What was your contribution to Nuke?
I was co-author of the architectural redesign of Nuke2 along with Bill Spitzak and was the creator of the 3D system from the ground up.
The need for the architectural redesign was born out of comping some of the extremely complex shots (for the time) on "Titanic" where a few key architectural limitations in Nuke2 were highlighted (four channels, no 3D visualization, simple cache management.)
For example, to get beyond the four channel limit on one particular shot required an enormous amount of cloning and duplication of nodes that really highlighted the limitations of restricting the channel set at all (all I needed was one more channel! btw that script is the one reprinted in the back of Ron Brinkmann's compositing book.)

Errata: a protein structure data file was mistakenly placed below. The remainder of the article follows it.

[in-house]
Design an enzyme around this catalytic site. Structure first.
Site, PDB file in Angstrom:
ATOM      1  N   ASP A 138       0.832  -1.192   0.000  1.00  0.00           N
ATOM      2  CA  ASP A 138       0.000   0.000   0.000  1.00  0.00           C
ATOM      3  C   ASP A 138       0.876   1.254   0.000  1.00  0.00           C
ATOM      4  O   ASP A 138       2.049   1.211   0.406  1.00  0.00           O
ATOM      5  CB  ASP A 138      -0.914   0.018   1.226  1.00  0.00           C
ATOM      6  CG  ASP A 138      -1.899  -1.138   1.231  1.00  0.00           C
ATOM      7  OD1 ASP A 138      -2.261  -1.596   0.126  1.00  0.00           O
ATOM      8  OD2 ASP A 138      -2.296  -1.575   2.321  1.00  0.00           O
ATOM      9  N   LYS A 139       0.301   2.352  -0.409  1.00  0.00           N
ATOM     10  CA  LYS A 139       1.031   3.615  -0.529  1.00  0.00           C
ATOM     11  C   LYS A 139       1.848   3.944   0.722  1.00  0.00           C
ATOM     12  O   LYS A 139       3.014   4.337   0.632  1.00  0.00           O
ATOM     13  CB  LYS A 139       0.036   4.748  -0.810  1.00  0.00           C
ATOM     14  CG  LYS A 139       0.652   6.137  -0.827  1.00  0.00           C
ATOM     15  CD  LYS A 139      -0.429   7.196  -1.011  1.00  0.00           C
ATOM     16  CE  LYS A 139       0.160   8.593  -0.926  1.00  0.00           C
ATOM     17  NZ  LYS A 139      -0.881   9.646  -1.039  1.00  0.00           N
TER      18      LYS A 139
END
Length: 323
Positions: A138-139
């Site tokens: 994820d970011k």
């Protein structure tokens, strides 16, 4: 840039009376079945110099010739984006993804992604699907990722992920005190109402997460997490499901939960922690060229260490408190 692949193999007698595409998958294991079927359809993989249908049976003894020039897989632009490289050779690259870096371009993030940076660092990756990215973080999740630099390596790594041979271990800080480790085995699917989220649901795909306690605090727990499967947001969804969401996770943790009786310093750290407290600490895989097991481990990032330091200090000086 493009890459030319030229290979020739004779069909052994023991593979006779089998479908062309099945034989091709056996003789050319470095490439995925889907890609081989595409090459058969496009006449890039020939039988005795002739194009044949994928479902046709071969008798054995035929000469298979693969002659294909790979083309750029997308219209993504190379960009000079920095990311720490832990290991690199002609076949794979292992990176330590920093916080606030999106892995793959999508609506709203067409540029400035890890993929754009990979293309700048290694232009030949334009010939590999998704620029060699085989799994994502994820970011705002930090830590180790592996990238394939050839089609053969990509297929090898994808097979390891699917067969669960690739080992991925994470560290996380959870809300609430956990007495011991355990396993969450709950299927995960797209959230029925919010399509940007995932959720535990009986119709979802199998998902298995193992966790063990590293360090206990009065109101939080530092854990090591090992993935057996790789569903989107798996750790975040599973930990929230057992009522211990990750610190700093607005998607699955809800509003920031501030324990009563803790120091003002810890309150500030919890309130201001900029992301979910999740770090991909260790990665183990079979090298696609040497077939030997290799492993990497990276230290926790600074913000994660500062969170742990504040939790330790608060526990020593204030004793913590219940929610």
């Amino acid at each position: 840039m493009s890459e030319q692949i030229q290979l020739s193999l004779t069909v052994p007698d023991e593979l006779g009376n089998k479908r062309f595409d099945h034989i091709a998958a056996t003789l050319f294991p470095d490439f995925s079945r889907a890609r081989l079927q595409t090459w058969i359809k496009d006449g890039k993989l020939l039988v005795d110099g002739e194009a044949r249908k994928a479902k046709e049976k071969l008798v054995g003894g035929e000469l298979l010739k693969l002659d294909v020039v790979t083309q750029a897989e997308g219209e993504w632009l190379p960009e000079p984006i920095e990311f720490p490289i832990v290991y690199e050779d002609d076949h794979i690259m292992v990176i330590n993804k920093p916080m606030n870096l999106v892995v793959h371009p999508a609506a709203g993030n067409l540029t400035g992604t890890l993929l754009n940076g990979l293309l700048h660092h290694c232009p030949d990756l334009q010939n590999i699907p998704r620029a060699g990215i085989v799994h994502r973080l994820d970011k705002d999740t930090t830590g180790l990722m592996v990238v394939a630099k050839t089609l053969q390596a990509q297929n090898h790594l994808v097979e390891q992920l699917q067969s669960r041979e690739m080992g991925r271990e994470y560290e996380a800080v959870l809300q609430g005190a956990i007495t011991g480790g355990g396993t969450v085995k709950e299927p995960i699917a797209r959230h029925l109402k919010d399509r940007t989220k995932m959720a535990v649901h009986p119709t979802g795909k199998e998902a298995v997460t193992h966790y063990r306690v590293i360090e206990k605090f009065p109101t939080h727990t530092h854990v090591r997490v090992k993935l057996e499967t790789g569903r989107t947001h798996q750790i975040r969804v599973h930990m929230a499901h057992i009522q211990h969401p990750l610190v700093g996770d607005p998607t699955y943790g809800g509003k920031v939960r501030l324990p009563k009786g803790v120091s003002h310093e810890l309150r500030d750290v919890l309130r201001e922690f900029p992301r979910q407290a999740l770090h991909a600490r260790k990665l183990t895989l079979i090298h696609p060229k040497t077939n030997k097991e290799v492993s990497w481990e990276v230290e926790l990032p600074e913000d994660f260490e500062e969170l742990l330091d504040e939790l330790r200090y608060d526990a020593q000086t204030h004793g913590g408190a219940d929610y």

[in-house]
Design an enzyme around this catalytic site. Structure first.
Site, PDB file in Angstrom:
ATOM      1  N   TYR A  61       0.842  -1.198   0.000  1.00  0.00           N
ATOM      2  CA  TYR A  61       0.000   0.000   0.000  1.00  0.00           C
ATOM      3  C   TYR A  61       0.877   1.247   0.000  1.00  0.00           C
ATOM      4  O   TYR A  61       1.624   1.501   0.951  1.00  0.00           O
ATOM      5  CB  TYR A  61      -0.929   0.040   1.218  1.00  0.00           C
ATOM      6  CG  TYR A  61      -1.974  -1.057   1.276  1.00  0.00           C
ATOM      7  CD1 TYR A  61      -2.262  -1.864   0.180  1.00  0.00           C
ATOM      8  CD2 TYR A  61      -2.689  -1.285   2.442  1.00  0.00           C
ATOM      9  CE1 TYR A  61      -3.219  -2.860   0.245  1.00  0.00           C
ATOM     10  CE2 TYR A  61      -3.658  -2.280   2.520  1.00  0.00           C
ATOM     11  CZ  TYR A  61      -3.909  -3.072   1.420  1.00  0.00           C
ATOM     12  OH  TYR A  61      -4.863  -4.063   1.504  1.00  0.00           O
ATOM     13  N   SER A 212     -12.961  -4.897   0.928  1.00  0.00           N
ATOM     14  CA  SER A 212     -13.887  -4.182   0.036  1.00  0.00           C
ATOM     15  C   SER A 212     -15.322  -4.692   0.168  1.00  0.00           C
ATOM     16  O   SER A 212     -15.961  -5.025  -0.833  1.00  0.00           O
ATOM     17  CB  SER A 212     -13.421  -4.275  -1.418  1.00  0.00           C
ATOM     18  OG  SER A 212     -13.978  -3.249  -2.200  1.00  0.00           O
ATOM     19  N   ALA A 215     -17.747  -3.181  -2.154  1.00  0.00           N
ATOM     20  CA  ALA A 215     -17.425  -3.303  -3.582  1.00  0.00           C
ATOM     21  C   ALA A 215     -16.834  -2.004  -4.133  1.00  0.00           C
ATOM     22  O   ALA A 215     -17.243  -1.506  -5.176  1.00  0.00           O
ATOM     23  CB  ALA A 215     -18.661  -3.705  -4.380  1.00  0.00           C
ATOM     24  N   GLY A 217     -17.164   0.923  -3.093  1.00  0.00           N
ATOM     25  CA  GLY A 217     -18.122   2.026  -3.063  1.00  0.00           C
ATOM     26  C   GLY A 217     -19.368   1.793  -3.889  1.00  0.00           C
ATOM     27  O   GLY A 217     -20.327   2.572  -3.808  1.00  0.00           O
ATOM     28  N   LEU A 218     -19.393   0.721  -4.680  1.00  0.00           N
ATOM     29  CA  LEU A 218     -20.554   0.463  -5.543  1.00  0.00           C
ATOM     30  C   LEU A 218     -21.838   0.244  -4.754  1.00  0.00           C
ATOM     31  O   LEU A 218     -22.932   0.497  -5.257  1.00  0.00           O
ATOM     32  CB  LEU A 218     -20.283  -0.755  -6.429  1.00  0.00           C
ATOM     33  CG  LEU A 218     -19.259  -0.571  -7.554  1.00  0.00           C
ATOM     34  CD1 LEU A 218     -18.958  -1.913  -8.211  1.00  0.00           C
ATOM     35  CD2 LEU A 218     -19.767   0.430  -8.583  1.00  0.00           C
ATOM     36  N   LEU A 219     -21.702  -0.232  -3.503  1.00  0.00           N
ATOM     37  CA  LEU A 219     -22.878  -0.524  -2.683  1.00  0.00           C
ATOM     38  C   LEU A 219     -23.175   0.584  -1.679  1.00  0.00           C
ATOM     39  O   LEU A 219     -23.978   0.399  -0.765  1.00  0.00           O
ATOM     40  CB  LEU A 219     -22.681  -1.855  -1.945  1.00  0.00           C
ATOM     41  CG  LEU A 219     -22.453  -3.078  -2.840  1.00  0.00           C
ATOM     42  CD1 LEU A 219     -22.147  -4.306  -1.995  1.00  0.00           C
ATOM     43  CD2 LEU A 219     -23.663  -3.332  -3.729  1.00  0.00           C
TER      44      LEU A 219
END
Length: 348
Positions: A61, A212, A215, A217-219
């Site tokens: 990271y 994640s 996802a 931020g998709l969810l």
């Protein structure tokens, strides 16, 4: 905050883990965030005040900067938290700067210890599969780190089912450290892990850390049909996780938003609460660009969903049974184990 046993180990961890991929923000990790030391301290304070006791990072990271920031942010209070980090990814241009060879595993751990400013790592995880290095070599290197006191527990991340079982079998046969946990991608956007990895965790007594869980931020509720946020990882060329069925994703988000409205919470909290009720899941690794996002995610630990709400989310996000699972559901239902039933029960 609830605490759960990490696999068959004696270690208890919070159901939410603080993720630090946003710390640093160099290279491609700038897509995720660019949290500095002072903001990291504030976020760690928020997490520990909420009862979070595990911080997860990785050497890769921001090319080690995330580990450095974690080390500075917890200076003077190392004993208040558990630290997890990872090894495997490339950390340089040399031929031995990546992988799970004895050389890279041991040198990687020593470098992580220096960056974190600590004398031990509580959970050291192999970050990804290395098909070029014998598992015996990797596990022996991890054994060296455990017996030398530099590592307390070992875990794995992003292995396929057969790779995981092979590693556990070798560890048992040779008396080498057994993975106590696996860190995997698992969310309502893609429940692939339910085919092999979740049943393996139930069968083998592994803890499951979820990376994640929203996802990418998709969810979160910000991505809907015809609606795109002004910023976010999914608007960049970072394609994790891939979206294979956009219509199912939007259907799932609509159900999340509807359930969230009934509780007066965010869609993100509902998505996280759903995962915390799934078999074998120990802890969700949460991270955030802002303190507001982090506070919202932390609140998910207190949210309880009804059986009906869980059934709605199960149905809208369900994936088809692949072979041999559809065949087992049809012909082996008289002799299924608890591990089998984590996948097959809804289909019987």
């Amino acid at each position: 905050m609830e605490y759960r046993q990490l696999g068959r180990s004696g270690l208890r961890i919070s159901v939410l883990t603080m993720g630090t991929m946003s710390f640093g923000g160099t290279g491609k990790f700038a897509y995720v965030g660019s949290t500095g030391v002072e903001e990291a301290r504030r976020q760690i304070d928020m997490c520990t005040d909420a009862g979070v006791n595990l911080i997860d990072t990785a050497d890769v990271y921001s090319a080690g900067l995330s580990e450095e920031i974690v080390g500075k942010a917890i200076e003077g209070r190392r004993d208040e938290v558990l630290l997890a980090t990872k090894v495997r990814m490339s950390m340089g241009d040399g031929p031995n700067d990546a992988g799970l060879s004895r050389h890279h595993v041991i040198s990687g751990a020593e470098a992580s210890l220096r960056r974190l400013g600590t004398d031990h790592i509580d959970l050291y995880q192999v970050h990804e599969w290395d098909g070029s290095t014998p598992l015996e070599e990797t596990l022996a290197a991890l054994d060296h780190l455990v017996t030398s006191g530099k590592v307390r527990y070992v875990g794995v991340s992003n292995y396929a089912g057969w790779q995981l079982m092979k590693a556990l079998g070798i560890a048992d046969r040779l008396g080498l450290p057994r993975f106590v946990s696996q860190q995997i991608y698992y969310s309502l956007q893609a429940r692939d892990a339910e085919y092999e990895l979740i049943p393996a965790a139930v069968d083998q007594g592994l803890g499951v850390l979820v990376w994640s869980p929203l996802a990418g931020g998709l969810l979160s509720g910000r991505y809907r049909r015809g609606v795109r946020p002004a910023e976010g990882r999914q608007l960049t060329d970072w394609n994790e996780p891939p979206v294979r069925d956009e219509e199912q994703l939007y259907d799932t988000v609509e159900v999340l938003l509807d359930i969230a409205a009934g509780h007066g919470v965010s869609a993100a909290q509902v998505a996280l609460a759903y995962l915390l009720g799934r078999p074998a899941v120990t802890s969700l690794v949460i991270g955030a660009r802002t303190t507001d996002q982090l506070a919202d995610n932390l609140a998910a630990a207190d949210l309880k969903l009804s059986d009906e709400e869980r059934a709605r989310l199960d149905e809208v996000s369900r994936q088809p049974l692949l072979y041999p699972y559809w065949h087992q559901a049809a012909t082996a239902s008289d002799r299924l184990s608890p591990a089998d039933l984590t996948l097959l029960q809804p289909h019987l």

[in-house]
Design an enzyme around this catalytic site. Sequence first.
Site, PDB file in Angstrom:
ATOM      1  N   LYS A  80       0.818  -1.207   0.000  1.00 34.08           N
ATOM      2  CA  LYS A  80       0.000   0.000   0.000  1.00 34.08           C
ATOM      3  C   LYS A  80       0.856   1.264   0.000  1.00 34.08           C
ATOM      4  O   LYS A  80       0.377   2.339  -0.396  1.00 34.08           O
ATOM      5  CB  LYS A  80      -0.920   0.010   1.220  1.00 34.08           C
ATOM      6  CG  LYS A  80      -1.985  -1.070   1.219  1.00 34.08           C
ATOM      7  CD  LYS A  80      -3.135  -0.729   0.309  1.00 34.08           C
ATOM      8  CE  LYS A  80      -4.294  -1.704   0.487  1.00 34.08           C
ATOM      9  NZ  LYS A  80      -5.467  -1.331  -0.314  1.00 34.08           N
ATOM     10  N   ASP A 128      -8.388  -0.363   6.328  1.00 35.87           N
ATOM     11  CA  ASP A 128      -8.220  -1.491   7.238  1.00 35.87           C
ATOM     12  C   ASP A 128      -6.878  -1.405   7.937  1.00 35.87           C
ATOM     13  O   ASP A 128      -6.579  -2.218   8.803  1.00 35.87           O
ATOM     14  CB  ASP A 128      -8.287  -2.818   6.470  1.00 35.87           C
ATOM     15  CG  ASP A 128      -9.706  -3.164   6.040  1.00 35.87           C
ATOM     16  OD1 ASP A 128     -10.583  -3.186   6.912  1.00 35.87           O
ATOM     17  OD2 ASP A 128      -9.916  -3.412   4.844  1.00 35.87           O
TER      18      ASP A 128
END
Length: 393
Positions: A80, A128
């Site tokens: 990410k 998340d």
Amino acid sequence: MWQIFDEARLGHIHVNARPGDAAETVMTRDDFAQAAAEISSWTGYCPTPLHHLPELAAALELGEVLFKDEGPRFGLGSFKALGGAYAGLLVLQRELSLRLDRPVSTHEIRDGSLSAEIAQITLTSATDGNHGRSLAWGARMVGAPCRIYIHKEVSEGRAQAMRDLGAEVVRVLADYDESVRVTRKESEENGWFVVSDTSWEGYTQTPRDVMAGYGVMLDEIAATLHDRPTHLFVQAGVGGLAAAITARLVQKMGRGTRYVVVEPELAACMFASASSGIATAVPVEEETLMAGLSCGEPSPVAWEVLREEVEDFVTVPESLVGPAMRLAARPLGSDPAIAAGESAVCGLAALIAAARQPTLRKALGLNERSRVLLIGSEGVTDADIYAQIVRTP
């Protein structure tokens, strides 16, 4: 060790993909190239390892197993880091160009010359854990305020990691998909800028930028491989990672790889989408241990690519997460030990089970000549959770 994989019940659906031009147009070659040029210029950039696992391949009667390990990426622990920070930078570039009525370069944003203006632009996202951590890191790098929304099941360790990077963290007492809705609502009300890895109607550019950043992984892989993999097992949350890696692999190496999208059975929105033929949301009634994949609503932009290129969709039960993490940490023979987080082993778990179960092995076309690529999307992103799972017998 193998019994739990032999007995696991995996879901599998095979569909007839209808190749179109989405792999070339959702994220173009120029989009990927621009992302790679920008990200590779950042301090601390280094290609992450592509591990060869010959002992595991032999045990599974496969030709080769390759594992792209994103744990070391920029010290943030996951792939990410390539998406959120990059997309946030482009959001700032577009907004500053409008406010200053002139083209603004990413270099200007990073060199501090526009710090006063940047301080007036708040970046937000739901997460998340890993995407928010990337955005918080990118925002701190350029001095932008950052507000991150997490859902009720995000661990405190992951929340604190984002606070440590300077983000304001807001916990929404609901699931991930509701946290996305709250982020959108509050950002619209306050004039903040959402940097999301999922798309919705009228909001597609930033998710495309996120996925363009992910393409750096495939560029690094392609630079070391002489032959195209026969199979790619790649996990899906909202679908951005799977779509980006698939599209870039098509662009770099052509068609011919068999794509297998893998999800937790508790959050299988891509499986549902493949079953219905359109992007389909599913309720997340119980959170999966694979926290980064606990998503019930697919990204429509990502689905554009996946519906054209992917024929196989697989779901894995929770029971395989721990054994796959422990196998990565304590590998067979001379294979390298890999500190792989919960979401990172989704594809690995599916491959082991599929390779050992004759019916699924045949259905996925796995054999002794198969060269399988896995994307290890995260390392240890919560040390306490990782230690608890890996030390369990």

That same script also highlighted the need for a 'real' 3D system - at least one that allowed the user to visualize 3D space from outside the taking camera. There were many groups of photographed extras placed on cards to fill in empty areas of Titanic's dock and since there was no way to orbit around the scene or manipulate 3D axis everything had to be placed numerically.
The 3D system was quite a challenge for someone who had nearly zero 3D experience and I contribute its success to my naivety of what I was really getting myself into... The renderer alone went through at least four major code/design revisions.
When did you start working on Nuke?
I started hacking on Nuke2 around 1998 to help fix a few bugs that were really annoying to me as a user. That gave me a taste for what software engineering on a production app could accomplish. When Bill came back to the software department to help kickstart the Nuke3 development I decided to contribute further by designing and writing the Viewer code to make sure that the knob interface allowed support for real 3D manipulators. That led to designed and writing the entire 3D system.